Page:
Search Results

You are looking at 101 - 110 of 6,116 items for :

  • Waves, oceanic x
  • Journal of Physical Oceanography x
  • Refine by Access: Content accessible to me x
Clear All
W. Perrie and B. Toulany

total energy E ∗ c o can be parameterized by a fetch-law relation in terms of inverse wave age U ∗ c / C p , E ∗ c o = ϵ ( U ∗ c / C p ) γ , (4) where γ and ϵ are appropriate constants. Equation (4) is important because it relates total energy E ∗ c o and inverse wave age U ∗ c / C p . These are open ocean variables specifying spectral maturity. Fetch relations such as Eq. (4) obtained correlation coefficients as high as 0.99 with respect to the CASP data ( Perrie and Toulany 1990

Full access
Julien Jouanno, Frédéric Marin, Yves du Penhoat, and Jean-Marc Molines

associated with the tropical instability waves (TIWs), which are triggered by the instabilities of the tropical oceanic currents (e.g., von Schuckmann et al. 2008 ; Perez et al. 2012 ). Besides the observational evidence that the 15-day variability of the meridional surface velocities is forced by the wind, the dynamical response of the upper ocean to 15-day wind fluctuations is still not fully understood. As mentioned by Picaut (1984) , there is a discrepancy between the zonal wavelengths of the

Full access
Lars Czeschel, Carsten Eden, and Richard J. Greatbatch

-driven stratified ocean is initially strongly modified by variable topography, and it is only when most baroclinic Rossby waves emitted from the wind forcing have reached the western boundary that flat-bottom Sverdrup balance tends to be reached ( Anderson and Killworth 1977 ). Anderson and Corry (1985a) show that transport variation can be related to barotropic Rossby waves generated by wind stress and wind stress curls acting over variable bottom topography. In addition, baroclinic Kelvin waves from the

Full access
Christopher J. Zappa, Michael L. Banner, Russel P. Morison, and Sophia E. Brumer

central role of surface and breaking waves in upper ocean dynamics and air–sea fluxes, wave and breaking measurements are paramount. The dissipation of wave energy in the energetic part of the spectrum has attracted considerable recent interest. Presently, parametric versions of S ds based on satellite data are used in the context of active whitecap fraction ( Anguelova and Hwang 2016 ), of ocean swell dissipation ( Ardhuin et al. 2009 ), and of the TKE dissipation rate due to breaking ( Hwang and

Full access
Jamie MacMahan

swell) that occur in the 3456–12 096-cpd frequency band (7–25-s periods) that radiate away from the coast and travel around the ocean basins ( Herbers et al. 1994 , 1995 ; among others). Based on these studies, it is plausible that small-amplitude, free IG waves in the seiche frequency bands are a component of oceanic white noise, and they are what is forcing the seiche in Monterey Bay and likely elsewhere. Though there is agreement on the idea that free IG waves are a component of oceanic white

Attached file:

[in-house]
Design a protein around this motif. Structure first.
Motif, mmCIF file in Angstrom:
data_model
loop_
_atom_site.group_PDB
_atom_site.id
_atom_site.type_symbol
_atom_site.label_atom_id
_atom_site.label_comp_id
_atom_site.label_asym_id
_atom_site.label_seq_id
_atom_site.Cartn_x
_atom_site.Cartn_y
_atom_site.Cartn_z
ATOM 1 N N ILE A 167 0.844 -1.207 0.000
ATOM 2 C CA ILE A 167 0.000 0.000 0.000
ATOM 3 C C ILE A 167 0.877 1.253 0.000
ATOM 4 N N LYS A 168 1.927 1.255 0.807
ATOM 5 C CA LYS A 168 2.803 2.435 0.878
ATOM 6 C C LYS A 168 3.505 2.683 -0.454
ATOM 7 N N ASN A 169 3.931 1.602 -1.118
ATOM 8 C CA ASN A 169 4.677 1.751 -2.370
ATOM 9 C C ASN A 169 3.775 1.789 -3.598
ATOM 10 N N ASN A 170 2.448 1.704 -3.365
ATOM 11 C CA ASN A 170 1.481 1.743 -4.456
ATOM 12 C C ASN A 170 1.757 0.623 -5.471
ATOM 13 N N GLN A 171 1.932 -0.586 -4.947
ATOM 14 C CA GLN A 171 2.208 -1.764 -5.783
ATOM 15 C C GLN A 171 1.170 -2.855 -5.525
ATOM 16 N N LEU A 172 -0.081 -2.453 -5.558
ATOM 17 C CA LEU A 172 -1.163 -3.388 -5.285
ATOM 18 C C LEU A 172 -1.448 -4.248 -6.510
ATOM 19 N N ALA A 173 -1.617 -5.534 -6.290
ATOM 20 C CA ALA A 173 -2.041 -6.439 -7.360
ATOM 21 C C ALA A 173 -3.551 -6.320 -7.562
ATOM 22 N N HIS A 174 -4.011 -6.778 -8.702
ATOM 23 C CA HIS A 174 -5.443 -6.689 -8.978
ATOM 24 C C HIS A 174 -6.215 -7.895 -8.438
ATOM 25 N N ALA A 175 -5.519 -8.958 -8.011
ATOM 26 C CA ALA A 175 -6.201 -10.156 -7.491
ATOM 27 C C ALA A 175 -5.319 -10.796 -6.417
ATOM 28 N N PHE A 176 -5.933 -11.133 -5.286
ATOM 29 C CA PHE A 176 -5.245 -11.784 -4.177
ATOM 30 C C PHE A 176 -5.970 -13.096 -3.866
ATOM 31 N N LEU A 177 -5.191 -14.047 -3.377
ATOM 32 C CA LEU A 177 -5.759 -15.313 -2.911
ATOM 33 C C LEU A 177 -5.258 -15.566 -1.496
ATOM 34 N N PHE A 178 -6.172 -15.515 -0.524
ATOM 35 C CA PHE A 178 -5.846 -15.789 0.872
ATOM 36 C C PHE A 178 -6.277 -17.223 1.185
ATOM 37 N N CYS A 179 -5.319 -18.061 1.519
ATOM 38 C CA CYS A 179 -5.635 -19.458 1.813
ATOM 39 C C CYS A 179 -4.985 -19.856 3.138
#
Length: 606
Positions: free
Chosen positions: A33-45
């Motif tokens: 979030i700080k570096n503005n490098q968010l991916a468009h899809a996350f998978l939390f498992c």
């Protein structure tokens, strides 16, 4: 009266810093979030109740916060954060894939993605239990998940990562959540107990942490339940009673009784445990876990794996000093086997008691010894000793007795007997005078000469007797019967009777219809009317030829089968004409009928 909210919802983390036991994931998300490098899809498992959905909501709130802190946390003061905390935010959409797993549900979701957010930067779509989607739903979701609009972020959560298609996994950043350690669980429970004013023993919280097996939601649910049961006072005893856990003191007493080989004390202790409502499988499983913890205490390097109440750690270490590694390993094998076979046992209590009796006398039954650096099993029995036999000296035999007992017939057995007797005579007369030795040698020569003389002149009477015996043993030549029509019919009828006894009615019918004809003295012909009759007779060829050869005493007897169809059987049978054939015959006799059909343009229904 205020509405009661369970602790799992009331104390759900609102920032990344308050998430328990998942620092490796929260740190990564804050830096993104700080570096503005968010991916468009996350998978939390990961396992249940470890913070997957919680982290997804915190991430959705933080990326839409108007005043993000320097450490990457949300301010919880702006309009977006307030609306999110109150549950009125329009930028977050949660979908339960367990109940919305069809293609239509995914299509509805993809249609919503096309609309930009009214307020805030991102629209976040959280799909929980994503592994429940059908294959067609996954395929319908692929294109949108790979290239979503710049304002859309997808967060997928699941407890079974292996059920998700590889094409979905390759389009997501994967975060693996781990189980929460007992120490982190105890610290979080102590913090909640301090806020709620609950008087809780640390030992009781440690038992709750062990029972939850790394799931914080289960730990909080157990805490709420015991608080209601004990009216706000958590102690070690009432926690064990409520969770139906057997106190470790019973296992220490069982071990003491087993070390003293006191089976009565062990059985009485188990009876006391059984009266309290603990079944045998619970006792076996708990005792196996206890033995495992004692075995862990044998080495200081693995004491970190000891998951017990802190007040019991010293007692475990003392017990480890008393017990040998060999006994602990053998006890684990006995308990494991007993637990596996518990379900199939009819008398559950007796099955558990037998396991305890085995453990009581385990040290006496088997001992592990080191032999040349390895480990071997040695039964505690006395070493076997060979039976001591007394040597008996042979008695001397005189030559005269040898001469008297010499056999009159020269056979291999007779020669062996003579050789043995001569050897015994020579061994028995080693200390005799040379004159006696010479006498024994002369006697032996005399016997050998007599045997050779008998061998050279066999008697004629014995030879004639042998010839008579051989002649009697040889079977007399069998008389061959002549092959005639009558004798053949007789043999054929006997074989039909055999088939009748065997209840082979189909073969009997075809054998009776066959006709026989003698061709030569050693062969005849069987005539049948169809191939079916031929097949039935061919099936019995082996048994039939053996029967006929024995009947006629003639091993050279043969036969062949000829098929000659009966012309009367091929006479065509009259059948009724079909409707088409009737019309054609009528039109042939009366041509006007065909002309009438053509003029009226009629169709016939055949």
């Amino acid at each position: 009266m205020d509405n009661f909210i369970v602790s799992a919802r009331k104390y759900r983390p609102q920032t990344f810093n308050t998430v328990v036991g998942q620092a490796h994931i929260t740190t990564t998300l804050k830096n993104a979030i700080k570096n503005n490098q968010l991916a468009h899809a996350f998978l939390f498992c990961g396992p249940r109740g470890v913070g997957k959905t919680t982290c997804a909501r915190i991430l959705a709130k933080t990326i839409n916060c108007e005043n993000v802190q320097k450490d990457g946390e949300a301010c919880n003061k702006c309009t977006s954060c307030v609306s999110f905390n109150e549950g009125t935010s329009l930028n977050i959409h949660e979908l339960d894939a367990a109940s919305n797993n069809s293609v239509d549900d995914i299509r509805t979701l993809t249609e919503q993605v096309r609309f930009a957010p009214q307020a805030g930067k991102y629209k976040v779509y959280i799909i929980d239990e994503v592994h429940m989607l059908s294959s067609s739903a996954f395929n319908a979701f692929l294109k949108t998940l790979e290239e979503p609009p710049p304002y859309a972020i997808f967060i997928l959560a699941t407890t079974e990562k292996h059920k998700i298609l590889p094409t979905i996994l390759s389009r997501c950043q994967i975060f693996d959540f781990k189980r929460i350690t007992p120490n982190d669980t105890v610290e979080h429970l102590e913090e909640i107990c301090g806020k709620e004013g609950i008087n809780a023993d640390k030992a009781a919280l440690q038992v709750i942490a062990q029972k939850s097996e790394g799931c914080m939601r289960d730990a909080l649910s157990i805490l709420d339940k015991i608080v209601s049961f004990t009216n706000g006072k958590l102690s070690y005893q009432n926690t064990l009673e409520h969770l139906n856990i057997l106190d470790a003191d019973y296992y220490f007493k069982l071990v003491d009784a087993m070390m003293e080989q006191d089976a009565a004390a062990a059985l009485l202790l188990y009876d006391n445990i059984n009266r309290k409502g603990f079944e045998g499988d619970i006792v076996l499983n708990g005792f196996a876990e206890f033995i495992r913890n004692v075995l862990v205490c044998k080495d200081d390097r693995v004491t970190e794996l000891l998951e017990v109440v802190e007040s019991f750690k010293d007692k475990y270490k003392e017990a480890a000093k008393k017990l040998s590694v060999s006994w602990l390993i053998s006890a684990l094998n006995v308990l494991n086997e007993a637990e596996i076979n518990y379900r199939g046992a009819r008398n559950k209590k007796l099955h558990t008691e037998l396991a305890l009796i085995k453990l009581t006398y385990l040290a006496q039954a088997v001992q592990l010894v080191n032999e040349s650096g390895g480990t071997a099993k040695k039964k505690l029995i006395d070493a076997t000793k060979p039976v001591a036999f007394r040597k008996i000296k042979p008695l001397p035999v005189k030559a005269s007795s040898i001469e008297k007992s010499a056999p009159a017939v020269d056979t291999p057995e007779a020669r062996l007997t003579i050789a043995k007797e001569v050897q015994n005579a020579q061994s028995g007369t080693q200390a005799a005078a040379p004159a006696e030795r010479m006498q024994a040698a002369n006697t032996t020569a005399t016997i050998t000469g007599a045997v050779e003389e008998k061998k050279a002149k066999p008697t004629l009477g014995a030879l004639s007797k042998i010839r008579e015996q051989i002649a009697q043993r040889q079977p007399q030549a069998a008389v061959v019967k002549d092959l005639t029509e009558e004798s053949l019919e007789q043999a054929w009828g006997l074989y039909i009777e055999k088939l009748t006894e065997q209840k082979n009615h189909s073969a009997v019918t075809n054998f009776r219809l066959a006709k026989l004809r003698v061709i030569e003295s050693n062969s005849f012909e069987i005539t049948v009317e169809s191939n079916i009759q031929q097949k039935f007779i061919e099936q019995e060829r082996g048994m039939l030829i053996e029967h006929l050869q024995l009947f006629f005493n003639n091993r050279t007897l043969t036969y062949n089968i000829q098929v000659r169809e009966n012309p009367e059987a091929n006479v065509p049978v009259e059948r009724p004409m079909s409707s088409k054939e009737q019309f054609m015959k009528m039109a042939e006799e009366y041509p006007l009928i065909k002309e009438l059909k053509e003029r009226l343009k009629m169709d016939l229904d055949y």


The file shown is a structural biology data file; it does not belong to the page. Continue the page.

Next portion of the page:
Full access
Christopher C. Chapman, Andrew McC. Hogg, Andrew E. Kiss, and Stephen R. Rintoul

baroclinicity. Energy is passed from one eddy to another in the downstream development process. Danielson et al. (2006) presented an example of this effect in an analysis of cyclone development over the North Pacific using atmospheric reanalysis data. A single wave packet emanating from the Asian mainland caused two cyclones to develop as it propagated across the ocean. Taken together, Simmons and Hoskins (1979) and Chang and Orlanski (1993) provide a compelling physical mechanism for the formation

Full access
Gengxin Chen, Weiqing Han, Yuanlong Li, Michael J. McPhaden, Ju Chen, Weiqiang Wang, and Dongxiao Wang

-pass filtered forcing inside the box. Fig . 2. Mooring-observed daily (a) zonal current u and (b) meridional current υ (m s −1 ) of the upper 400 m at 5°N, 90.5°E from 2 Apr 2013 through 15 Apr 2014. The black line marks the zero velocity contour. The ISV of the equatorial winds over the Indian Ocean has been shown to significantly affect the adjacent areas. Intraseasonal equatorial Kelvin waves driven by winds associated with the MJO can propagate to the eastern Indian Ocean (EIO) boundary and the

Full access
Luigi Cavaleri

about our hopeful idea that, adding the single descriptions of the various processes at work, this would be enough to create a proper hindcasting–forecasting machine. As discussed in the previous section, clearly the experience indicates this is not the case. To start with, the sea on which we propagate our waves is not uniform and undisturbed. Rather, the oceans are characterized by currents that interact with the wave field. Most of the currents we find in the sea are not strong enough to affect

Full access
J. R. Carpenter, A. Guha, and E. Heifetz

(1957) . Recent observational evidence of the presence of a critical layer in the airflow above ocean waves has also been found by Hristov et al. (2003) and Grare et al. (2013) . In addition, controlled laboratory experiments by Buckley and Veron (2016) demonstrate the presence of a critical layer, despite the presence of a highly turbulent airflow, in agreement with the predictions of Miles’ theory. In all of these observations, the critical layer only emerges once significant phase averaging

Full access
Gengxin Chen, Weiqing Han, Xiaolin Zhang, Linlin Liang, Huijie Xue, Ke Huang, Yunkai He, Jian Li, and Dongxiao Wang

> 107.5°E, 7.5°S < y < 7.5°N, and it relaxes the zonal-velocity and pressure fields of each mode to zero there ( Han et al. 1999 ). The damper efficiently absorbs the energy of incoming equatorial Kelvin waves, and thus no Rossby waves are reflected back into the ocean interior from the eastern boundary. While LOM_DAMP primarily measures the effects of directly forced Kelvin and Rossby waves, the solution difference LOM_Reflect (LOM_MR − LOM_DAMP) isolates the reflected Rossby wave effects ( Chen

Restricted access